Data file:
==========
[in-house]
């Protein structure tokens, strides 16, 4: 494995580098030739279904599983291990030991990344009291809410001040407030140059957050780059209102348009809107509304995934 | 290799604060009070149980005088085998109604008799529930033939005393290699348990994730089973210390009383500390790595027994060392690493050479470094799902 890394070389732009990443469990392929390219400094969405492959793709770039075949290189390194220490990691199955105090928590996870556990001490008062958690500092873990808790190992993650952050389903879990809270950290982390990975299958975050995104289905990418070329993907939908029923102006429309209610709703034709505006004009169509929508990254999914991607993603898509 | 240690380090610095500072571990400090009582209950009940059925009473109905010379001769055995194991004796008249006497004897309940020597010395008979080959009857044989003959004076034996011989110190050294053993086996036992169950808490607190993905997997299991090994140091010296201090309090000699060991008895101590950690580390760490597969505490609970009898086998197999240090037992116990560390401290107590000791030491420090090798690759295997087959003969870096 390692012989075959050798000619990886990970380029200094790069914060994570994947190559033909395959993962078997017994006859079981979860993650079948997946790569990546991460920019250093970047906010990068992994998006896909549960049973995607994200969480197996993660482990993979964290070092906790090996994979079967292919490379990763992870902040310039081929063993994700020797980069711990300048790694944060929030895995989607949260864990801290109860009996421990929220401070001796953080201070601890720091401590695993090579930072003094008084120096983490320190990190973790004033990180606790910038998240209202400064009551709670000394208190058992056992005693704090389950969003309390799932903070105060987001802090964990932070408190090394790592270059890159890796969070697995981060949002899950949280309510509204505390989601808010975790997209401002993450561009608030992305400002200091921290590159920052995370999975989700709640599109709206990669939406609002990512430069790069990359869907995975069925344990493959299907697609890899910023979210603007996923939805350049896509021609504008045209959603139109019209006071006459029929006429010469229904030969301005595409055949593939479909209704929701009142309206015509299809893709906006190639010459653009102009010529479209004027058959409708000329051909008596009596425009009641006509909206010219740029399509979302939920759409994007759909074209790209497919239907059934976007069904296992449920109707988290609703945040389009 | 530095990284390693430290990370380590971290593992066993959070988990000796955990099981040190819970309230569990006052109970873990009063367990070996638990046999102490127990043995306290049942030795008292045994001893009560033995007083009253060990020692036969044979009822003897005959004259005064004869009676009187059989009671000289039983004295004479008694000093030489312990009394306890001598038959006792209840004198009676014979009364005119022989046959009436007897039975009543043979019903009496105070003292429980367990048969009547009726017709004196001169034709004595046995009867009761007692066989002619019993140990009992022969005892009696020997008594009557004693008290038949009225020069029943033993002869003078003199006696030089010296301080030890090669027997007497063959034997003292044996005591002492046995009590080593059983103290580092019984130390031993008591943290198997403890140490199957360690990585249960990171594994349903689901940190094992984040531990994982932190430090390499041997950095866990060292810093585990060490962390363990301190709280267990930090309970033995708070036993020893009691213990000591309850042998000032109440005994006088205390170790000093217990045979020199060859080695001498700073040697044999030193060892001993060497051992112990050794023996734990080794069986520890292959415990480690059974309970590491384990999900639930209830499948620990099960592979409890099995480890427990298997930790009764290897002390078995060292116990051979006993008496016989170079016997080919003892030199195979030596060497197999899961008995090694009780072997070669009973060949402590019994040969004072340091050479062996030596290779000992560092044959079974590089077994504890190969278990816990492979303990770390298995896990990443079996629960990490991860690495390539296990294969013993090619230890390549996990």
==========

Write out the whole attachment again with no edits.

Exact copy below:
[in-house]
């Protein structure tokens, strides 16, 4: 494995580098030739279904599983291990030991990344009291809410001040407030140059957050780059209102348009809107509304995934 | 290799604060009070149980005088085998109604008799529930033939005393290699348990994730089973210390009383500390790595027994060392690493050479470094799902 890394070389732009990443469990392929390219400094969405492959793709770039075949290189390194220490990691199955105090928590996870556990001490008062958690500092873990808790190992993650952050389903879990809270950290982390990975299958975050995104289905990418070329993907939908029923102006429309209610709703034709505006004009169509929508990254999914991607993603898509 | 240690380090610095500072571990400090009582209950009940059925009473109905010379001769055995194991004796008249006497004897309940020597010395008979080959009857044989003959004076034996011989110190050294053993086996036992169950808490607190993905997997299991090994140091010296201090309090000699060991008895101590950690580390760490597969505490609970009898086998197999240090037992116990560390401290107590000791030491420090090798690759295997087959003969870096 390692012989075959050798000619990886990970380029200094790069914060994570994947190559033909395959993962078997017994006859079981979860993650079948997946790569990546991460920019250093970047906010990068992994998006896909549960049973995607994200969480197996993660482990993979964290070092906790090996994979079967292919490379990763992870902040310039081929063993994700020797980069711990300048790694944060929030895995989607949260864990801290109860009996421990929220401070001796953080201070601890720091401590695993090579930072003094008084120096983490320190990190973790004033990180606790910038998240209202400064009551709670000394208190058992056992005693704090389950969003309390799932903070105060987001802090964990932070408190090394790592270059890159890796969070697995981060949002899950949280309510509204505390989601808010975790997209401002993450561009608030992305400002200091921290590159920052995370999975989700709640599109709206990669939406609002990512430069790069990359869907995975069925344990493959299907697609890899910023979210603007996923939805350049896509021609504008045209959603139109019209006071006459029929006429010469229904030969301005595409055949593939479909209704929701009142309206015509299809893709906006190639010459653009102009010529479209004027058959409708000329051909008596009596425009009641006509909206010219740029399509979302939920759409994007759909074209790209497919239907059934976007069904296992449920109707988290609703945040389009 | 530095990284390693430290990370380590971290593992066993959070988990000796955990099981040190819970309230569990006052109970873990009063367990070996638990046999102490127990043995306290049942030795008292045994001893009560033995007083009253060990020692036969044979009822003897005959004259005064004869009676009187059989009671000289039983004295004479008694000093030489312990009394306890001598038959006792209840004198009676014979009364005119022989046959009436007897039975009543043979019903009496105070003292429980367990048969009547009726017709004196001169034709004595046995009867009761007692066989002619019993140990009992022969005892009696020997008594009557004693008290038949009225020069029943033993002869003078003199006696030089010296301080030890090669027997007497063959034997003292044996005591002492046995009590080593059983103290580092019984130390031993008591943290198997403890140490199957360690990585249960990171594994349903689901940190094992984040531990994982932190430090390499041997950095866990060292810093585990060490962390363990301190709280267990930090309970033995708070036993020893009691213990000591309850042998000032109440005994006088205390170790000093217990045979020199060859080695001498700073040697044999030193060892001993060497051992112990050794023996734990080794069986520890292959415990480690059974309970590491384990999900639930209830499948620990099960592979409890099995480890427990298997930790009764290897002390078995060292116990051979006993008496016989170079016997080919003892030199195979030596060497197999899961008995090694009780072997070669009973060949402590019994040969004072340091050479062996030596290779000992560092044959079974590089077994504890190969278990816990492979303990770390298995896990990443079996629960990490991860690495390539296990294969013993090619230890390549996990």